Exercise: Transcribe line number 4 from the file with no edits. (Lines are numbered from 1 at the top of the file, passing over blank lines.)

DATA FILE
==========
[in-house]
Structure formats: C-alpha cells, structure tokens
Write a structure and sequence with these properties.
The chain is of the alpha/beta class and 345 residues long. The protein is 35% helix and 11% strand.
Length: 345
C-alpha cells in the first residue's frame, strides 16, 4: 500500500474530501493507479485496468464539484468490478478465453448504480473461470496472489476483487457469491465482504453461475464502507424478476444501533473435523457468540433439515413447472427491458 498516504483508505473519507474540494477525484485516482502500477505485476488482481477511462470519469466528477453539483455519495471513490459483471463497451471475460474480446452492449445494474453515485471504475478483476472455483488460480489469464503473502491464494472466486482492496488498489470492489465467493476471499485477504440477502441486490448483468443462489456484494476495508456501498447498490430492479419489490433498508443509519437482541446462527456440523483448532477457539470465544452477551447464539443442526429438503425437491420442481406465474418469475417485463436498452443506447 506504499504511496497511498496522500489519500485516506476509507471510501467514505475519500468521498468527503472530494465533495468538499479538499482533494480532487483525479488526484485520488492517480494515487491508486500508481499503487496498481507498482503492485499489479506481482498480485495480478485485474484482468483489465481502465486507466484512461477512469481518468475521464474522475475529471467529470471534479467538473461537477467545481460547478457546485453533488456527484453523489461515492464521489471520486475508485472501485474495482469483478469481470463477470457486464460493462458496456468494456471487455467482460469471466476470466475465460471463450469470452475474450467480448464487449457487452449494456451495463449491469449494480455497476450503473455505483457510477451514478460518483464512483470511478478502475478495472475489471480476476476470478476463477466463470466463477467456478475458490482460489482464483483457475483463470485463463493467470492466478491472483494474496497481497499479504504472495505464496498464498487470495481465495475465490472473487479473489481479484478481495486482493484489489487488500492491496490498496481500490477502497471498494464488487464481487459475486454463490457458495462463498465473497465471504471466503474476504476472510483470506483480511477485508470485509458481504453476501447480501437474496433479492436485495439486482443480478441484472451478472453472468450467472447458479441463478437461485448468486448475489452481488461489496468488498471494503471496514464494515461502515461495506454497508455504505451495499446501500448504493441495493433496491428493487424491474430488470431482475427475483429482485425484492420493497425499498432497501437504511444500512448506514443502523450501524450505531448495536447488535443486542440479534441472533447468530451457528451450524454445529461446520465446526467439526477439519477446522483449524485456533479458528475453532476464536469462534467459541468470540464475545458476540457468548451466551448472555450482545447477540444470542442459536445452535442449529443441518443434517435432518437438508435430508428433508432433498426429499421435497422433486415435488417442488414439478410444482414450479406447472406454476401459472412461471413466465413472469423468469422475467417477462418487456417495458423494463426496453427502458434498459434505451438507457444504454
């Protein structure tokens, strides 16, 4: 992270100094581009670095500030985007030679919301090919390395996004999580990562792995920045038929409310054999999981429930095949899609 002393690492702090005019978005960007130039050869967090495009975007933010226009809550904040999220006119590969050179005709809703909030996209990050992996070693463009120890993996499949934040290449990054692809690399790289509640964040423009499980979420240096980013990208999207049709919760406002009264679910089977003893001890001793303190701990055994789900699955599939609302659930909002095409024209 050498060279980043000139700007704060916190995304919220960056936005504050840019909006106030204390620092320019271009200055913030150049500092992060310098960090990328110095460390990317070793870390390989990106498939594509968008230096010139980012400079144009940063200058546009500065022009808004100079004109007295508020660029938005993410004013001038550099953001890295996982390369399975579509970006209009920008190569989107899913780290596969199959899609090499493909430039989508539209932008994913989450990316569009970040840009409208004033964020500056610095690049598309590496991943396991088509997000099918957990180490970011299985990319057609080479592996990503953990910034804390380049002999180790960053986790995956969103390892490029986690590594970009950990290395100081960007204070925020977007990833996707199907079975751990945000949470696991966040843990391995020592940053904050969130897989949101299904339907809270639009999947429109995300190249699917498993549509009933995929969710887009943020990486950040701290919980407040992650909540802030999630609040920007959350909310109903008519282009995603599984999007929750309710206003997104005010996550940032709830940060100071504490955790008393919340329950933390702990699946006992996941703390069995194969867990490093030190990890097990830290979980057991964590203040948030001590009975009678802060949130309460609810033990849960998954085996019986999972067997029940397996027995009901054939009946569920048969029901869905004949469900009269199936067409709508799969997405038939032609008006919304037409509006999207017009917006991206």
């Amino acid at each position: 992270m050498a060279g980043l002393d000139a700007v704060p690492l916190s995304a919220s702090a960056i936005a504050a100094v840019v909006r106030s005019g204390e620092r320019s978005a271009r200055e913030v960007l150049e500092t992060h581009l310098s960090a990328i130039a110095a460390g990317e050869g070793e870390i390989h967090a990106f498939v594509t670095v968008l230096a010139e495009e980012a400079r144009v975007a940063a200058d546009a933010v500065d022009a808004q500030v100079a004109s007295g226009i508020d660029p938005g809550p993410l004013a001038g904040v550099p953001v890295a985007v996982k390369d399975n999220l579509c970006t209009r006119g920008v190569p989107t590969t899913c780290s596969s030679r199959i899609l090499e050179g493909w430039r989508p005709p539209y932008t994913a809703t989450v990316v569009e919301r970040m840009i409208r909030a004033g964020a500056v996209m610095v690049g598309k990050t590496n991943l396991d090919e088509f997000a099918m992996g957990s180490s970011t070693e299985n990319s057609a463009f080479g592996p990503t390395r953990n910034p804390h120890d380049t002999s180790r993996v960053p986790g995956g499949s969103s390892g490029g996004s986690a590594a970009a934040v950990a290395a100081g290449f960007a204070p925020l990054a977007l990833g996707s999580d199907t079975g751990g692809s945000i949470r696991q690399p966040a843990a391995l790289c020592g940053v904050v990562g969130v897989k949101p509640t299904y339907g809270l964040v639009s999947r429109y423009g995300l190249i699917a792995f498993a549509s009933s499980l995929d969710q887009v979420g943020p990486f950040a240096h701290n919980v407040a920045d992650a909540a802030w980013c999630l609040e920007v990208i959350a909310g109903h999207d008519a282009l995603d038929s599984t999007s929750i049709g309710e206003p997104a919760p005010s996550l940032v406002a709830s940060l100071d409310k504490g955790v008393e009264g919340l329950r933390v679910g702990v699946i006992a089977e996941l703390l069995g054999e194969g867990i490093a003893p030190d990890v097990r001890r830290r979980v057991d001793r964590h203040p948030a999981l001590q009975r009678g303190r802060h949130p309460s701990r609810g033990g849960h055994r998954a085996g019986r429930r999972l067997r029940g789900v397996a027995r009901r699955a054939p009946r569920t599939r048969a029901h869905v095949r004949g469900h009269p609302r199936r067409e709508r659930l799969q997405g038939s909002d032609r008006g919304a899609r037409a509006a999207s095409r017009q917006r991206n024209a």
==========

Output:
The chain is of the alpha/beta class and 345 residues long. The protein is 35% helix and 11% strand.